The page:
By Lisa Ferdinando, ARNEWSOctober 3, 2014
WASHINGTON (Army News Service, Oct. 3, 2014) -- This week at Fort Benning, Georgia, defense contractors are competing to provide the latest technologies to defeat IEDs.
The Joint IED Defeat Organization partnered with the Army Research Lab and the Maneuver Battle Lab, at the Maneuver Center of Excellence at Fort Benning, Georgia, to host a "Culvert Denial Challenge," which began Sept. 29, and runs until Oct. 10.
Ten teams are doing a surveillance challenge, and 10 are doing an inspection challenge, according to Matthew Way, a JIEDDO program integrator.
For the surveillance challenge, vendors make use of unmanned systems, micro-radar technologies, seismic sensors, and hyperspectral imaging. They are monitoring a culvert for an eight-hour period that encompasses day, evening and night hours.
"Once we've secured a culvert, we wanted technology that can maintain security over that area," Way said. "The competition really focuses on their ability to distinguish, per the solicitation, between nefarious activity and something that is benign -- just regular patterns of life."
Vendors in the inspection challenge are demonstrating potential solutions using quadcopters, ground robots, canines, and electromagnetic sensors. They are tasked with various scenarios such as difficult terrain, night inspection, and a long culvert that challenges communication links.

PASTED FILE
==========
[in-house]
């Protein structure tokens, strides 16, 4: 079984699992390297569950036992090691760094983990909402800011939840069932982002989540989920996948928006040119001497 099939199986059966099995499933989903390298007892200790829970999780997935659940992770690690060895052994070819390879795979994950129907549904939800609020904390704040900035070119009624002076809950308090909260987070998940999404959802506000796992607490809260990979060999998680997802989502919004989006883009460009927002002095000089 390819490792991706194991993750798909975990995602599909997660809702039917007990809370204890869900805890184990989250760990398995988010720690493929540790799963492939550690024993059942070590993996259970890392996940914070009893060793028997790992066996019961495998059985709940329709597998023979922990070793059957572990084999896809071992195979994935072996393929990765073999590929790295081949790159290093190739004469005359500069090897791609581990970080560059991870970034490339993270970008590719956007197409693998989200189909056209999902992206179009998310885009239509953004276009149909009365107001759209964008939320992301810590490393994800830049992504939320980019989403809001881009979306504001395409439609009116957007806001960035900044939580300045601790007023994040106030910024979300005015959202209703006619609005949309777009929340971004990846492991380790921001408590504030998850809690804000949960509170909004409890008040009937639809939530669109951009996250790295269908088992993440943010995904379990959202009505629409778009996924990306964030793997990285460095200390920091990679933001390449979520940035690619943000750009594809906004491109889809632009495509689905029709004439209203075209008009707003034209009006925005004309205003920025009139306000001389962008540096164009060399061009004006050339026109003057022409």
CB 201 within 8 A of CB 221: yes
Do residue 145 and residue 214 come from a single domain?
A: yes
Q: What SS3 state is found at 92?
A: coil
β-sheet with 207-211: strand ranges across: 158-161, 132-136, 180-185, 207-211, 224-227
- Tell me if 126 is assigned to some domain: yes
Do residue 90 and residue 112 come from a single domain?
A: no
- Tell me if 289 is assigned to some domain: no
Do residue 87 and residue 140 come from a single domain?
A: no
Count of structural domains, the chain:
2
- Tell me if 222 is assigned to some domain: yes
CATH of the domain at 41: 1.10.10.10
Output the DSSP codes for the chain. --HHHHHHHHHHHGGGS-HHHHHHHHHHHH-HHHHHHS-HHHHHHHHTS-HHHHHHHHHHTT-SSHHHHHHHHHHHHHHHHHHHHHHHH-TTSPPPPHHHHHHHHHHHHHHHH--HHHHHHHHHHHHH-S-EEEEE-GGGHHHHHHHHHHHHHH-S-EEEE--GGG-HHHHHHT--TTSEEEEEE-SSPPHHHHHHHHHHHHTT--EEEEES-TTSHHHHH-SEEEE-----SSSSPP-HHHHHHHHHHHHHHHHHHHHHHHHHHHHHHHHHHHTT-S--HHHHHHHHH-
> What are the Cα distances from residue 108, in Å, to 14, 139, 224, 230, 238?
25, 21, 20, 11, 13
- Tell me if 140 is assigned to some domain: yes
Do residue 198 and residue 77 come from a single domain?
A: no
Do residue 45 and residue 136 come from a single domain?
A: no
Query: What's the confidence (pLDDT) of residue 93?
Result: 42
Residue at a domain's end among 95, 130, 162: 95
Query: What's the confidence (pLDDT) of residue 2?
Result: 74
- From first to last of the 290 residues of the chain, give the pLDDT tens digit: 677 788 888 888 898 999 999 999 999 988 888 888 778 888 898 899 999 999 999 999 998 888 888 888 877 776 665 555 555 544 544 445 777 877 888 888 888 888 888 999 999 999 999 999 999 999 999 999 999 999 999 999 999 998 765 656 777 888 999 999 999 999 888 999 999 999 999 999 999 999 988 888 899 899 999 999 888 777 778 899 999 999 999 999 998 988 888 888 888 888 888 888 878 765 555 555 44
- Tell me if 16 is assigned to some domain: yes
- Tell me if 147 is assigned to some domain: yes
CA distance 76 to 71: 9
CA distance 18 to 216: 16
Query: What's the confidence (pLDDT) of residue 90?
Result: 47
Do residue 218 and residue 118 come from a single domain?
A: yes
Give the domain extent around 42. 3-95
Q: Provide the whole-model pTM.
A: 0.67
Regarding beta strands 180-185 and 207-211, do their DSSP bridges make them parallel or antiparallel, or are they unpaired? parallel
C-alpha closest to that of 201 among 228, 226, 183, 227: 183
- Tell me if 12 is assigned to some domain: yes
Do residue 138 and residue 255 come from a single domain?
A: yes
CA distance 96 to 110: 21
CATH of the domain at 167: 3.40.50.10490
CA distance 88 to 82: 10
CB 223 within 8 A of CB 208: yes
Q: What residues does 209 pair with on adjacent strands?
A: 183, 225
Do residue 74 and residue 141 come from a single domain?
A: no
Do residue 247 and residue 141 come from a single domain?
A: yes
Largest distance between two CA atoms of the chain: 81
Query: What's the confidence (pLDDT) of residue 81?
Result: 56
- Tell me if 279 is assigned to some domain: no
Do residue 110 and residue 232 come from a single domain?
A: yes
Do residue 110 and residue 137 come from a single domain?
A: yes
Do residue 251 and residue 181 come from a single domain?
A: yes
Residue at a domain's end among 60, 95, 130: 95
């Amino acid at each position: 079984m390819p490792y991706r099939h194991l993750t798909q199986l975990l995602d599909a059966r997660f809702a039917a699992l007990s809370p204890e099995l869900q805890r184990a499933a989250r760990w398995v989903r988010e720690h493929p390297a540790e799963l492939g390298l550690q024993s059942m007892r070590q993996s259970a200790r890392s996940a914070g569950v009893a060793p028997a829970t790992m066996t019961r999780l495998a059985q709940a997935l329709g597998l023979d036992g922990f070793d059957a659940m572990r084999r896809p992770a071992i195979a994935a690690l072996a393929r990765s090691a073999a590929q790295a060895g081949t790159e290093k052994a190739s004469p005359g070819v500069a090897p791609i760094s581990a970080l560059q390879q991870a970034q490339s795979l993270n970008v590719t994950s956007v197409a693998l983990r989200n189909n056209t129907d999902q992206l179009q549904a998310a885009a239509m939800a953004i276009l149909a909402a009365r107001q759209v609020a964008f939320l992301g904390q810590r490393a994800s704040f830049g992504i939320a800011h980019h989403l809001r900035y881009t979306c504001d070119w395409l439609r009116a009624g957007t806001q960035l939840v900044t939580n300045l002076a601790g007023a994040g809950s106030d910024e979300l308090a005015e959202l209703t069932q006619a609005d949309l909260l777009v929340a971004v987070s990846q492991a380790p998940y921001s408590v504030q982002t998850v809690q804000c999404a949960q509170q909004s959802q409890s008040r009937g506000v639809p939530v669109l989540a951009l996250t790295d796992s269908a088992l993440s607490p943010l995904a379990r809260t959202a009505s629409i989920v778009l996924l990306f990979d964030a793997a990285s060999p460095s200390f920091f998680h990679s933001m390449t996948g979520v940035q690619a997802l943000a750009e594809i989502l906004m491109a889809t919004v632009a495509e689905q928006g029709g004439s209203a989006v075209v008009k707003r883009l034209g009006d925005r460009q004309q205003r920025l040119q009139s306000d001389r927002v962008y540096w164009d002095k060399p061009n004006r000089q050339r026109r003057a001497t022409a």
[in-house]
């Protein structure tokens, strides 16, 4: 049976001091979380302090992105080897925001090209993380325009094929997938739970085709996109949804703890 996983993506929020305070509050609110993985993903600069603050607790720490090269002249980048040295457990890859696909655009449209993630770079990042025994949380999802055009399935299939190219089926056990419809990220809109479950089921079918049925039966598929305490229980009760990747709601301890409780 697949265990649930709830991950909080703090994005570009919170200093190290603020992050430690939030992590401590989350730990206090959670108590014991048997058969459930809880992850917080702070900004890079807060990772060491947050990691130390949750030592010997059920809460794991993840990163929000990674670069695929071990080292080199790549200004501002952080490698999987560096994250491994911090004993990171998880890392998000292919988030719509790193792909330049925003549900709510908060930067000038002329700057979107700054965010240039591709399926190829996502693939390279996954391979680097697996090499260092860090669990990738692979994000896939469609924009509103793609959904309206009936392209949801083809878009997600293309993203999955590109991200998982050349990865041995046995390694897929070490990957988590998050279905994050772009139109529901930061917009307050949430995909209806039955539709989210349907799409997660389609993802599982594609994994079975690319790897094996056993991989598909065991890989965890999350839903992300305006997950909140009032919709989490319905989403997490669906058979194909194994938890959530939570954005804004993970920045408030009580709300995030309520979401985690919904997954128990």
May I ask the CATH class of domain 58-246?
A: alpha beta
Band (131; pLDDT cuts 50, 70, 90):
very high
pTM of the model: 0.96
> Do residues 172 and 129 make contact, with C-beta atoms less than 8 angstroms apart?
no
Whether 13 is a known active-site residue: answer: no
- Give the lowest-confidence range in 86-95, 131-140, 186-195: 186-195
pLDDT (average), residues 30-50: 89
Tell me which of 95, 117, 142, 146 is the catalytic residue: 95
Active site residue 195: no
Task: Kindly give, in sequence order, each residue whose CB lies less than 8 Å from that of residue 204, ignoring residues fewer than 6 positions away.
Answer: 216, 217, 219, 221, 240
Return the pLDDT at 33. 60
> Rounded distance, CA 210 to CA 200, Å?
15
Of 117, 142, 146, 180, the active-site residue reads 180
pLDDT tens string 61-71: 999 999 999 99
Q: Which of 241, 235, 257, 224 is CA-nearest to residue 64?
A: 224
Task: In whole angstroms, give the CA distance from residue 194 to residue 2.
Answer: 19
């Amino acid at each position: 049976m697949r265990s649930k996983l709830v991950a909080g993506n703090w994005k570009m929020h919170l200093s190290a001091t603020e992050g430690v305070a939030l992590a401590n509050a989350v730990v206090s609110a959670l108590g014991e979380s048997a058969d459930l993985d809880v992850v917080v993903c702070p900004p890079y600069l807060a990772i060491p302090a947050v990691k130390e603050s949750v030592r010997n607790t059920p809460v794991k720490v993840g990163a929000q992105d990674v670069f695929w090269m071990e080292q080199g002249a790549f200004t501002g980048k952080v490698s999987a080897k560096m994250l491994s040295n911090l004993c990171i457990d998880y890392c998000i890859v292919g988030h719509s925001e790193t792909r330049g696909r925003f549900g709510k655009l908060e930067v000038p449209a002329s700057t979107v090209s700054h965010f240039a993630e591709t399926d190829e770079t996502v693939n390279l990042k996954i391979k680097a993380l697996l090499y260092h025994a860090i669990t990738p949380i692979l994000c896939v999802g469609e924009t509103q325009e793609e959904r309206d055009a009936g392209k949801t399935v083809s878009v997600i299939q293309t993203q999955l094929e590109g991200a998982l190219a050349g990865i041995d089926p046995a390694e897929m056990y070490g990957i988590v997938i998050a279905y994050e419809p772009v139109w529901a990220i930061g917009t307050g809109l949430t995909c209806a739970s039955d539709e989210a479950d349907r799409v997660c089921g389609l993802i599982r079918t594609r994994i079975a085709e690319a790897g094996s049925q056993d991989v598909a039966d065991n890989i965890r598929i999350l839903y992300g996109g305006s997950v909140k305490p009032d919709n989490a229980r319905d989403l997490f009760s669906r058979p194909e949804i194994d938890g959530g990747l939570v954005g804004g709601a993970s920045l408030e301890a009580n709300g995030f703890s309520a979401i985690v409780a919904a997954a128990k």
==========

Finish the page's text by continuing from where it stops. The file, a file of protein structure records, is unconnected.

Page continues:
"We are really measuring how quickly they can get into a culvert area and tell me if it's clear or not clear," he said. "The second component that we are scoring them on is, once they've done that, how accurately can they identify particular items that may be threats in the region."
The bottom line is to protect the warfighter, Way said.
"We are confident that by doing this challenge we're going to find some technology that will either improve upon current systems or can be added or provide new capability to culvert IED problems," he said.
This challenge-based acquisition project promotes innovation, Way said, as vendors demonstrate their capabilities as they vie to work under an existing $49.5 million contract.
JIEDDO will decide its next step after the competition is complete and evaluations have been made, Way said.
He estimated a decision could be made approximately 30 days after the competition. At that time, JIEDDO could decide to move quickly on a technology, or even seek out improvements in a certain technology, he said. "We anticipate definitely moving on something, we plan to continue working this through 2015."
The surveillance teams are: Advanced Recon Corp, Applied Research Associates, A-T Solutions, CyPhy Works, EFW (Elbit), L-3 Communications, Niitek, Primal Innovation, QinetiQ, and Roboteam.
The inspection teams are: Applied Research Associates, ATSC, iRobot, K2 Solutions, Lockheed Martin, Pearson Engineering, QinetiQ, Roboteam, Science and Engineering Services, and Stolar Research.
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